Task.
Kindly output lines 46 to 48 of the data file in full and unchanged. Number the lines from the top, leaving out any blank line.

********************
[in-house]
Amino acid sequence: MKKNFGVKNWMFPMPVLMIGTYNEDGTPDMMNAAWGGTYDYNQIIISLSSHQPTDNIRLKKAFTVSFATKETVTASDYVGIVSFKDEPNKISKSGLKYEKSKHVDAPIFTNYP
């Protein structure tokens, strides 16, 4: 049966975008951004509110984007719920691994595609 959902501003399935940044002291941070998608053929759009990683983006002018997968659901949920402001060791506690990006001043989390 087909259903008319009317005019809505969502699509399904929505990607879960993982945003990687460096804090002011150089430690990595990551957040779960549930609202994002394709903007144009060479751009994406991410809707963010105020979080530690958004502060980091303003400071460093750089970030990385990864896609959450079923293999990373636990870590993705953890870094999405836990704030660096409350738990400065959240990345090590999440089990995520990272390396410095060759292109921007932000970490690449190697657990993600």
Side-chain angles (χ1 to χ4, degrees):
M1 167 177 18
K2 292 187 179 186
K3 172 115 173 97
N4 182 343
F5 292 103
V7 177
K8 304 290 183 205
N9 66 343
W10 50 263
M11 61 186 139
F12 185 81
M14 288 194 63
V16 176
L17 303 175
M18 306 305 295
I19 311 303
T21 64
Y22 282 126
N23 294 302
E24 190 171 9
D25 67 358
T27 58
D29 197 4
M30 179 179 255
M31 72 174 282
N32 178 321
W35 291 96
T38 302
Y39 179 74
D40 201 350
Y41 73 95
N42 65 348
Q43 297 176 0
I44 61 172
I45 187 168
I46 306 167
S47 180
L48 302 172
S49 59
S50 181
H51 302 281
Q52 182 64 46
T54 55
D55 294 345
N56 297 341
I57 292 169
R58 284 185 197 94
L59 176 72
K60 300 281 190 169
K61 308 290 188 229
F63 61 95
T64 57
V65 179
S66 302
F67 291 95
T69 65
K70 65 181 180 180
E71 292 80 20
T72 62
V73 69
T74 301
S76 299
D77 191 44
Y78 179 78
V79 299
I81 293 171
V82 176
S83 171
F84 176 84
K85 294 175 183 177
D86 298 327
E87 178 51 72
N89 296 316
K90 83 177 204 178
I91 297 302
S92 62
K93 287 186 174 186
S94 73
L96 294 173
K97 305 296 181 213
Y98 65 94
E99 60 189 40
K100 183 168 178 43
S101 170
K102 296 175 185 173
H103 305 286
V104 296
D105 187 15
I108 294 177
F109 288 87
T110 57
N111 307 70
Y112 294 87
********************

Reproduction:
Q52 182 64 46
T54 55
D55 294 345